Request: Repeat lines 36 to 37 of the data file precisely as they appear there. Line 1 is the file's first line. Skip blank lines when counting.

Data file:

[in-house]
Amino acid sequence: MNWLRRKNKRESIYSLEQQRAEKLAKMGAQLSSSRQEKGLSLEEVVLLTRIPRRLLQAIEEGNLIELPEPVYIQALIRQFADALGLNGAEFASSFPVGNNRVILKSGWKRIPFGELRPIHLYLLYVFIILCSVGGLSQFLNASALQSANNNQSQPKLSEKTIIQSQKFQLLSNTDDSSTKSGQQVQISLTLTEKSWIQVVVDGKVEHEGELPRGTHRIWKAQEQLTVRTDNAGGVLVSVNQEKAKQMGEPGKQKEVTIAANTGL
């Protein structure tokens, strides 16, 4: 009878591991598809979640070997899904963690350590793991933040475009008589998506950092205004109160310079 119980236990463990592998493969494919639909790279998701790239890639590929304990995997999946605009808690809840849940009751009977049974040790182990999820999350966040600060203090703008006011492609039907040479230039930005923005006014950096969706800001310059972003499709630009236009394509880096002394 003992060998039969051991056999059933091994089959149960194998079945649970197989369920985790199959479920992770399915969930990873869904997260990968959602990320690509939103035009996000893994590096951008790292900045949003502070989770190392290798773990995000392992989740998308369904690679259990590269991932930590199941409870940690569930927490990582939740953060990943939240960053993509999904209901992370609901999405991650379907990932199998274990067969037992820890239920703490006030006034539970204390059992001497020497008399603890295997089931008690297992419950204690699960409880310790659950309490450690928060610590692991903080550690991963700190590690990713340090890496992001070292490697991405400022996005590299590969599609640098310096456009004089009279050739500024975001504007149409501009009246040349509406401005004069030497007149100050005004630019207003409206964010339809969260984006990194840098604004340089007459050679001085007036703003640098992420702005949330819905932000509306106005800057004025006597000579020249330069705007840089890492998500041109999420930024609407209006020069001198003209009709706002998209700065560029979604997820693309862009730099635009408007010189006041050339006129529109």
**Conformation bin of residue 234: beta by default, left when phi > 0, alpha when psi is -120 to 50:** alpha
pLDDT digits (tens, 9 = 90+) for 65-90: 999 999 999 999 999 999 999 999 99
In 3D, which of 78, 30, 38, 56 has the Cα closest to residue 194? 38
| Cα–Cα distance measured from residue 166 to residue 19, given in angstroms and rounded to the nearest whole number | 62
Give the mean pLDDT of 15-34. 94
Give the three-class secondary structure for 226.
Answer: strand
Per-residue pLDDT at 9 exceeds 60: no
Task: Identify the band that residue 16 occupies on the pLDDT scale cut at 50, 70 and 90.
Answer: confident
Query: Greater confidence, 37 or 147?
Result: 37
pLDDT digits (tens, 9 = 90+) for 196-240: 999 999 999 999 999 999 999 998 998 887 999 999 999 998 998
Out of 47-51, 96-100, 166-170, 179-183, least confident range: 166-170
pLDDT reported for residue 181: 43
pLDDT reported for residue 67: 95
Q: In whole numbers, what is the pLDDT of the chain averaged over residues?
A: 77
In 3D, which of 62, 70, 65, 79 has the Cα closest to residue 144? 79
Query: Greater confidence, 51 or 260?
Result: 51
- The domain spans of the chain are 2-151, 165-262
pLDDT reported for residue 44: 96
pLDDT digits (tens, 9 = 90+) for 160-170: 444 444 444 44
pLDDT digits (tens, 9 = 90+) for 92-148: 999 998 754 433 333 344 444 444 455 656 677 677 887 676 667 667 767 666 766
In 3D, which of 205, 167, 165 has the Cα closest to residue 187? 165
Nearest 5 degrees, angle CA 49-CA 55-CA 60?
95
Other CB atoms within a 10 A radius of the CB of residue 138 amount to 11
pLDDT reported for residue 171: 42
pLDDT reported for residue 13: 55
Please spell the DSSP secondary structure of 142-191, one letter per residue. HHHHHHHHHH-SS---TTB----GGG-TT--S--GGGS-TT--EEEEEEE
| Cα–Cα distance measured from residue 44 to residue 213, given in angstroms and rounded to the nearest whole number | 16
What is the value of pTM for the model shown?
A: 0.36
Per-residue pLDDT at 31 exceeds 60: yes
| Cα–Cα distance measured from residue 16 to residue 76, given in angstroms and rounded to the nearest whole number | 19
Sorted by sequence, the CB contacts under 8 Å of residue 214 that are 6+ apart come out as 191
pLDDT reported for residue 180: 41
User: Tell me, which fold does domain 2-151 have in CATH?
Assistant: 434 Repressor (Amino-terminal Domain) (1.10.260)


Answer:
| Cα–Cα distance measured from residue 44 to residue 213, given in angstroms and rounded to the nearest whole number | 16
What is the value of pTM for the model shown?